Good luck, bonne chance, buena suerte....

Know before you buy

Got your eye on a new grill? Replacing that old air conditioner? If you'd like to review the product information in Consumer Reports, the AADL can help - and you don't even need to leave home!

Library card holders can access full text articles from the magazine using the General OneFile database, accessible from the Research page. Once you're at the InfoTrac site, choose the Advanced Search screen to limit your search by publication and enter "Consumer Reports" into the publication title box.

Of course, if you’re coming to the library, you can still find the print copy of Consumer Reports at all of our branches.

Rarely Seen are Now Readily Accessible

frogfrog

This is not a zigzag bladderwort, it's a Blanchard's cricket frog, one of the more than 600 rare plants and animals featured in the new Michigan Rare Species Explorer. The curious of all ages can search by habitat, location, name, best time to view or browse the beautifully illustrated entries for all the species. Kudos to the team at the Michigan Natural Features Inventory for this wonderful new resource.

What Do I Read Next?

Looking for a good book set in Michigan? Or maybe a story about a zookeeper? The What Do I Read Next? database is here to help you!

Try their Who? What? Where? When? feature – select a character, setting, or time period to search the database and get a list of titles that match your selections. You can limit by age range and choose fiction and/or non-fiction titles. You can access What Do I Read Next? from the library’s Research page. (And, for a Michigan setting, check out The Lake, the River & the Other Lake. For a story about a zookeeper, try Good Night, Gorilla.)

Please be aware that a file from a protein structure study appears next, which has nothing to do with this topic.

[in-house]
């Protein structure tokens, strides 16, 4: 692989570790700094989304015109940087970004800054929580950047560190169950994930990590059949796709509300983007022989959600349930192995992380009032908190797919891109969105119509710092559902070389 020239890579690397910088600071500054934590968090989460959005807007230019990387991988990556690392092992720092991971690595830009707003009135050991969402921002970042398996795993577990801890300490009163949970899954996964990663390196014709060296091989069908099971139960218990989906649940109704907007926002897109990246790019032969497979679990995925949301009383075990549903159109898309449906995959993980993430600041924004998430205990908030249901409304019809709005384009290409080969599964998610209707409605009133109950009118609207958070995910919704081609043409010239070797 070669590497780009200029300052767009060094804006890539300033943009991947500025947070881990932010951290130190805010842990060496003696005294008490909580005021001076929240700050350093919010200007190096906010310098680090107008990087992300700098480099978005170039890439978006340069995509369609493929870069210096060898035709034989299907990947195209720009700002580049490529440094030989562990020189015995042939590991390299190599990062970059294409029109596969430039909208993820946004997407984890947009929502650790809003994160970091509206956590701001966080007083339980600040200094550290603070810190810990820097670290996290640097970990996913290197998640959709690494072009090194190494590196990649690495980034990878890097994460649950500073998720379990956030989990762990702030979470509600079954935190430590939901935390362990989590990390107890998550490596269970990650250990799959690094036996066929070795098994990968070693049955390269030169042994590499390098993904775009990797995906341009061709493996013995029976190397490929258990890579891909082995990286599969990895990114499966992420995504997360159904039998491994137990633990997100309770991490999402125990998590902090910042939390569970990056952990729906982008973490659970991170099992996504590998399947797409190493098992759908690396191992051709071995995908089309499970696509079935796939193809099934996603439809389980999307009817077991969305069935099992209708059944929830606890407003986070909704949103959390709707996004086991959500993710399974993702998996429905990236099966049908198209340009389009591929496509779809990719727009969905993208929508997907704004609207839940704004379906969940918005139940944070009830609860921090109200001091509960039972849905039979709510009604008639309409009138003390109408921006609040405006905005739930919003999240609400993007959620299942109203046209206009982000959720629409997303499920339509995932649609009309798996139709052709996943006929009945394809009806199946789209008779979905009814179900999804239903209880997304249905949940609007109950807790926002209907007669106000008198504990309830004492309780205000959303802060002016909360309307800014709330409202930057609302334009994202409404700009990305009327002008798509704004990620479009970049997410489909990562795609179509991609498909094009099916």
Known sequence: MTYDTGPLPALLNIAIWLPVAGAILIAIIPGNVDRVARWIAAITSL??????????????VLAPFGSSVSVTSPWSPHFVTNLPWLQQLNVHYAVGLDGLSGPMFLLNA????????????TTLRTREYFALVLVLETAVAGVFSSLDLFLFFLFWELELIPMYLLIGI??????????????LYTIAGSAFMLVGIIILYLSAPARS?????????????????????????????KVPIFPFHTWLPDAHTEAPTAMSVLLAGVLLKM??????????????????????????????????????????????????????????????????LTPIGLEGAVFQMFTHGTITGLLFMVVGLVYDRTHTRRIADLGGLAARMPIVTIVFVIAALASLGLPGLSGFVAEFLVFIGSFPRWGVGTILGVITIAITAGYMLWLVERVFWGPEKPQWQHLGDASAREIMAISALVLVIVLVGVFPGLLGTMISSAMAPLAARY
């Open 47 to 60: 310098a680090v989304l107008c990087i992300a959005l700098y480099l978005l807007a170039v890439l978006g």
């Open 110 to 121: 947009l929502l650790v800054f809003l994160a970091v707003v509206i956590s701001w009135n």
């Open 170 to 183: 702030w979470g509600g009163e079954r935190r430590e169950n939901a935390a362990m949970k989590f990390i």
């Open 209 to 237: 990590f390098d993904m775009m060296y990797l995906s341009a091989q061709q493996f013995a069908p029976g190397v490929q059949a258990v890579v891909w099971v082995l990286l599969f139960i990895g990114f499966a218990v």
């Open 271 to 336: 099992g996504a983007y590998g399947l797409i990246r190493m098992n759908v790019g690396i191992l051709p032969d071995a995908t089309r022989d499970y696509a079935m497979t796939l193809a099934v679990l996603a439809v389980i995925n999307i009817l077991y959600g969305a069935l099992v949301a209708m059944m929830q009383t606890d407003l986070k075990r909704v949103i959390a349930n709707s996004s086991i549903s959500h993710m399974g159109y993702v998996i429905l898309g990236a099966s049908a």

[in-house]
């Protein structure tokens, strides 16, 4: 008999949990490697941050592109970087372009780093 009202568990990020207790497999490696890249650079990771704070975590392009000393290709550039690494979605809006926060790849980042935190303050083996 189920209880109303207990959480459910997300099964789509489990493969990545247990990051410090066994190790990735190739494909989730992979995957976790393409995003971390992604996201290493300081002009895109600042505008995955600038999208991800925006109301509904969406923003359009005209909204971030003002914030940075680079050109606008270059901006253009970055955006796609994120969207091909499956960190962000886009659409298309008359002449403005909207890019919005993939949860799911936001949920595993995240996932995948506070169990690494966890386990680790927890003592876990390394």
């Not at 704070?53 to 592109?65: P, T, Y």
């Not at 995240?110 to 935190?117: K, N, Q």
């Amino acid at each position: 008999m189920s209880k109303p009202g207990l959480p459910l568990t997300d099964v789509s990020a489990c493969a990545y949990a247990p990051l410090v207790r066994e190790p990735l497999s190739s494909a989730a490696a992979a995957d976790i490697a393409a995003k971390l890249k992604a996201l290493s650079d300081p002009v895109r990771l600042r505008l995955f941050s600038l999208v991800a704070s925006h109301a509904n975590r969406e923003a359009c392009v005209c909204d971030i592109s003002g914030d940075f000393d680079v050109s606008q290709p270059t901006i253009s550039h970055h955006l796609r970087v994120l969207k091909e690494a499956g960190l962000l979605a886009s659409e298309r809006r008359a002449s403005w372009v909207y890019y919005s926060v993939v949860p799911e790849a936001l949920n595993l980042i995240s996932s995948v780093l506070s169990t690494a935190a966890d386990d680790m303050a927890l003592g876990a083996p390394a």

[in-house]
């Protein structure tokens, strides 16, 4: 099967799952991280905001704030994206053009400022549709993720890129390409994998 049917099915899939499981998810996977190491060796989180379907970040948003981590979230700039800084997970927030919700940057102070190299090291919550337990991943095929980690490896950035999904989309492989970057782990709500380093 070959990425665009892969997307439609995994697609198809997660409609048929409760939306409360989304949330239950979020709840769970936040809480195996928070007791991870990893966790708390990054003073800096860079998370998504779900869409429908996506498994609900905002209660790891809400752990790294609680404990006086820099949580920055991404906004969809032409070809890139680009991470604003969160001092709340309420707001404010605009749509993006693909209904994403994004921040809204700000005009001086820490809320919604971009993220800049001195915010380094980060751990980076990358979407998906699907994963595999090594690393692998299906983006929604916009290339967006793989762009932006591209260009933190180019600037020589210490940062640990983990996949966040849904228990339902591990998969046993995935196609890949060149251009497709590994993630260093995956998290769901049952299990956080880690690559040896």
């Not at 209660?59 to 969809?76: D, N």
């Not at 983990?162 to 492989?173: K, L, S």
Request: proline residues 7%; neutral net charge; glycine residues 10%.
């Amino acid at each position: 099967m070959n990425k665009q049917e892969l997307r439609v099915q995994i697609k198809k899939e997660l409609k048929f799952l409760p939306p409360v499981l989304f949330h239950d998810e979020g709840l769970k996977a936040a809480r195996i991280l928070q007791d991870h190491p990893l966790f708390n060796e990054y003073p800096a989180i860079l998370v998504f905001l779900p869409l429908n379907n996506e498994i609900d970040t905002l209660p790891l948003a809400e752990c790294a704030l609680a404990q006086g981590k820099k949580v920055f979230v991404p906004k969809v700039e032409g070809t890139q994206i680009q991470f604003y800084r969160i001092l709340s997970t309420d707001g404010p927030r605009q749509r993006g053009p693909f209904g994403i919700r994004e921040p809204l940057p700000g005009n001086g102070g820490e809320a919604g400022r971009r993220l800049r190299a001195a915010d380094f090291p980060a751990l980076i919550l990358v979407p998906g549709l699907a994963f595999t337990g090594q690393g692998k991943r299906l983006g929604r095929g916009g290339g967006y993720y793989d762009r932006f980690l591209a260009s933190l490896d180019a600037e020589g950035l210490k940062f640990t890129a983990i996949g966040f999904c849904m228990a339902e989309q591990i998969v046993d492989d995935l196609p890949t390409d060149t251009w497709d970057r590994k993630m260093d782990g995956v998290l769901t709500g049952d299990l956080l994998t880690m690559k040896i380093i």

Real People

Have you watched The Queen, or read Abundance: a Novel of Marie Antoinette, or checked out other books and movies with characters based on real people?

If you want to find out more about the real lives of those portrayed on screen and in print, try the Biography Resource Center with Marquis Who's Who. The database includes narrative biographies, as well as articles and selected websites. Access it through our Research page in the Biography section.

Don’t forget you can use the database from home with a Library card!

It's Not Official

pastypasty

After much research we are sad to report there is not an official Michigan Pasty Day. Although Governor Romney proclaimed May 24, 1968 as Pasty Day and Governor Milliken declared May 25, 1972 as Pasty Day, these single-year proclamations do not do justice to the importance of the pasty in Michigan’s history and cuisine. Perhaps Governor Granholm can rectify this situation. Best place to get pasties? Jean-Kays Pasties in Marquette, across from the NMU Superior Dome

Resources for Book Club Members

If your book club is setting its summer agenda, the Library can help you -- with more than just the books!

If you’re looking for discussion questions, the Novelist database offers reading group guides for a range of titles. Need more information about an author? You can find author biographies, bibliographies, and selected websites in the Literature Resource Center.

Both databases can be accessed through the Arts and Literature section of our Research page.